Isolation Negatively Impacts Wellbeing
When you’re living or loving someone with Parkinson disease, it can feel isolating. It may be harder to predict OFF time and say yes to plans with friends, mobility and mood can shift, or you can feel wrapped up in a swirl of doctor’s appointments. According to Anissa Mitchell, “these experiences are compounded in the LGBTQ+ population.” Due to stigma and discrimination, an increased likelihood of being single or living alone and childless, as well as an all-too-frequent lack of access to support from a larger LGBTQ+ community nearby, members of the LGBTQ+ community are more likely to face poverty and homelessness, which deepens the burden and disparities.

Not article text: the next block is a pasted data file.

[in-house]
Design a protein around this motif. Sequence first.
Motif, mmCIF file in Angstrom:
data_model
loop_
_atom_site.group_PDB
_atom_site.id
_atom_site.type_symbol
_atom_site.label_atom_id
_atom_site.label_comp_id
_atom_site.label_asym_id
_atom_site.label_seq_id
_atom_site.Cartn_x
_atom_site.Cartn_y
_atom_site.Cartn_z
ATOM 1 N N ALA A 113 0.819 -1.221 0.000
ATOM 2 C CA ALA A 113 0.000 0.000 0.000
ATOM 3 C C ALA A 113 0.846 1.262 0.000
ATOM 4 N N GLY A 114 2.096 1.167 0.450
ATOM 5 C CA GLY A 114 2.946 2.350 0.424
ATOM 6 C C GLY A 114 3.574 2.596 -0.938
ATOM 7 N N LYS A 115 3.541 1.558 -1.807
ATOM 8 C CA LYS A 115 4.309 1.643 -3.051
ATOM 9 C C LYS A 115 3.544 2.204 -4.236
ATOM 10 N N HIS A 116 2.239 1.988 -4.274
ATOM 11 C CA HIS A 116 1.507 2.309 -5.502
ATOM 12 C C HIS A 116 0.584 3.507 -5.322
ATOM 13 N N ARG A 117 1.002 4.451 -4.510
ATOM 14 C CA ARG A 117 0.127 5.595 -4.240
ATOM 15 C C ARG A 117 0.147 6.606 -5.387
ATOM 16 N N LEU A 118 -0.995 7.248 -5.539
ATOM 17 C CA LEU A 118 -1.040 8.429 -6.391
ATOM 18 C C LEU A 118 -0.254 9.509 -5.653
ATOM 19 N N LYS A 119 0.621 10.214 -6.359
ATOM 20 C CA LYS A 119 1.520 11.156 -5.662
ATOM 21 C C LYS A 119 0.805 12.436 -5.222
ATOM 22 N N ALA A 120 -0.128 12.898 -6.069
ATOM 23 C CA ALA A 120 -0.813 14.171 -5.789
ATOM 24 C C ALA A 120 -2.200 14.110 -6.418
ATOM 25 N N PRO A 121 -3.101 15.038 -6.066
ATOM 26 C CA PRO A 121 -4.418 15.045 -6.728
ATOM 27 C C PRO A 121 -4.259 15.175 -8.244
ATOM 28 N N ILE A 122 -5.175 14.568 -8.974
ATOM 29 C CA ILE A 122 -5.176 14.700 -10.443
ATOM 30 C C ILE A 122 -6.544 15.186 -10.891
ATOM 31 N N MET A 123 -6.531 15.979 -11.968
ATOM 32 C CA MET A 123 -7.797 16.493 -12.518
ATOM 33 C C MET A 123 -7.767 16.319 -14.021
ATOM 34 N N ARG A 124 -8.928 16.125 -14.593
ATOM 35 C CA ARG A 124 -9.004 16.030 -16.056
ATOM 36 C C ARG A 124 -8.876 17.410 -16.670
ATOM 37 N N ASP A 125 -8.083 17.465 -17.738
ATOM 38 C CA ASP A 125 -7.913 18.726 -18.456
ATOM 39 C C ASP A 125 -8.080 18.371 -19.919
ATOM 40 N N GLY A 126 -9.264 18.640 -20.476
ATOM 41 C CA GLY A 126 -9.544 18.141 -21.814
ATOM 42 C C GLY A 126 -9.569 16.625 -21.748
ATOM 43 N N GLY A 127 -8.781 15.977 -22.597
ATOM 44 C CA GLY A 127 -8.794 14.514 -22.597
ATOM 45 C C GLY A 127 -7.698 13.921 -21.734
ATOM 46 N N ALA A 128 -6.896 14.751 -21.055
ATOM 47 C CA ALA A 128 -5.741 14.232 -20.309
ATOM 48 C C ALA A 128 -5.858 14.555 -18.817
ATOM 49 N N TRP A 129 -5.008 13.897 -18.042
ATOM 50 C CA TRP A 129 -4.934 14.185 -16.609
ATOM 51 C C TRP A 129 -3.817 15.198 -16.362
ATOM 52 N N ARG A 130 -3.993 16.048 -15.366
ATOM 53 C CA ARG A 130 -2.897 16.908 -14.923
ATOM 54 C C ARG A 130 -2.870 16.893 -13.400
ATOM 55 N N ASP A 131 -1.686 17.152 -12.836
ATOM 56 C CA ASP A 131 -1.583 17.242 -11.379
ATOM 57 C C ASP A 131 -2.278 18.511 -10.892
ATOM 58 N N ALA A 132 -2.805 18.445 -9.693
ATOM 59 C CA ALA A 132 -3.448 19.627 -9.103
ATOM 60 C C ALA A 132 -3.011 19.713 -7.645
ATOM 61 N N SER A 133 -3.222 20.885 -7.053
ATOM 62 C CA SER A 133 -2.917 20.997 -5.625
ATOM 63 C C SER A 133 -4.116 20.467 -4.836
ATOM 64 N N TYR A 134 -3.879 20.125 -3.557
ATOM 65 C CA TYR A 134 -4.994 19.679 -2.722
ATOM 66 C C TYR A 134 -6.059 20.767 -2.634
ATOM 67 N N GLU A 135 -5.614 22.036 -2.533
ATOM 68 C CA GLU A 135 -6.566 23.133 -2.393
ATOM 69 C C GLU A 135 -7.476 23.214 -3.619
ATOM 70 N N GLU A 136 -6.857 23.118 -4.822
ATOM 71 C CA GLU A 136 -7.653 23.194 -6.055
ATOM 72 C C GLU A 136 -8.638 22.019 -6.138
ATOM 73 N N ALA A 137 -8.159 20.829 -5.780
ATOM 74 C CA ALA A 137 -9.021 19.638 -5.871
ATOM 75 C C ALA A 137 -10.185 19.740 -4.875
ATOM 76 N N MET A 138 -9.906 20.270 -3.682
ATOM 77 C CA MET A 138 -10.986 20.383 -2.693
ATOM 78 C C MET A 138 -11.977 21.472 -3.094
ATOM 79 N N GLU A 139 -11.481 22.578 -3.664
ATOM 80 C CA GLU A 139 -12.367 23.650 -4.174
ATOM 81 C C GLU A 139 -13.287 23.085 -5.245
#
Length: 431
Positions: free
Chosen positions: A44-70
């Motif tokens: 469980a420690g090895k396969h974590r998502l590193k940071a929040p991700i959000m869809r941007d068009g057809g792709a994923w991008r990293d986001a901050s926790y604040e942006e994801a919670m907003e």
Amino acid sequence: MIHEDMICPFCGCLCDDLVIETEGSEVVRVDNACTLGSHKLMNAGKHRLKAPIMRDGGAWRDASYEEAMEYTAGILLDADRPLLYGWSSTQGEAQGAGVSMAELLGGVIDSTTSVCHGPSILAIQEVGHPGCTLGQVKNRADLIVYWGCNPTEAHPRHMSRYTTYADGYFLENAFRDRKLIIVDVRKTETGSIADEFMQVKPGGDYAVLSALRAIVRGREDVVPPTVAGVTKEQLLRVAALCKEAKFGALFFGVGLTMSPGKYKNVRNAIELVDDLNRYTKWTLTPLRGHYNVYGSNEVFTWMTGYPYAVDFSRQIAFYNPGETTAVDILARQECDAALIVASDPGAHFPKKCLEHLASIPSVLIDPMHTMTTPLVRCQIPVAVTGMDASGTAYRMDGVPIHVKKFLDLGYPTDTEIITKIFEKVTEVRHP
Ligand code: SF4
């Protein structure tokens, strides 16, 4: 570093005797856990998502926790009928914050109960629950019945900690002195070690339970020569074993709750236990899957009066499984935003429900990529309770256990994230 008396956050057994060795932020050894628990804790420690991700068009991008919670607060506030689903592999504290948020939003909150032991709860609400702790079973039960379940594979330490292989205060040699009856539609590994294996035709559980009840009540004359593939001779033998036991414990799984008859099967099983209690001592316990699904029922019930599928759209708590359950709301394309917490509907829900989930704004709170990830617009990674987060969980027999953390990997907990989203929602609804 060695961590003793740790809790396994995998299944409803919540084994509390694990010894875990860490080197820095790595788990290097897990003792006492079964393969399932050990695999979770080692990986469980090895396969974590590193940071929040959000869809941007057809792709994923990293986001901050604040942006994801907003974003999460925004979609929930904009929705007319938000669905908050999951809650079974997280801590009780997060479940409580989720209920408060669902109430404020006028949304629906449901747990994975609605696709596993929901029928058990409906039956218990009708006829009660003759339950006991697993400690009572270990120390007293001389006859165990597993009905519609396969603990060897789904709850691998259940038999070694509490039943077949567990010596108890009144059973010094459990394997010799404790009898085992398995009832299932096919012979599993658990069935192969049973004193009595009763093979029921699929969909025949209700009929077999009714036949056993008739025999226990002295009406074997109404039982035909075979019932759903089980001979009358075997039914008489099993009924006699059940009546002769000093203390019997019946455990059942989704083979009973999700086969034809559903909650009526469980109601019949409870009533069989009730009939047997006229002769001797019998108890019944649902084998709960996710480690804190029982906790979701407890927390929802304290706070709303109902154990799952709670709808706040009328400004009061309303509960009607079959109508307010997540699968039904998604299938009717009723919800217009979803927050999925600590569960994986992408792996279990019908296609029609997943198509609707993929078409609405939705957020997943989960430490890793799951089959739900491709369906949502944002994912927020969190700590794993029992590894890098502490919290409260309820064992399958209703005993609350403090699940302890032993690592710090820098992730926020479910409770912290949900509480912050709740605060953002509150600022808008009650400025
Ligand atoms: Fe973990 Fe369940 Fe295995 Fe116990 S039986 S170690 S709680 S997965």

Bruce believes isolation profoundly impacts wellbeing. “Parkinson’s can become scary as the symptoms advance,” he said, and if you’re living without a partner or your partner has passed, “you may feel like your life is essentially over,” especially if you’re not connected to a broader community. “Self-isolation is a terrible thing.”
Fundamental to living well in spite of a disease is feeling balanced in body and mind. People with Parkinson’s have high rates of depression and anxiety: these non-motor symptoms affect 50-70% of people with PD. Once again, the impact is compounded in people who identify as LGBTQ+. Anissa Mitchell writes, “Gay, lesbian, and bisexual individuals experience more depression and anxiety than their heterosexual counterparts and are more likely to attempt suicide, which means Parkinson’s adds an additional burden to an already at-risk population.”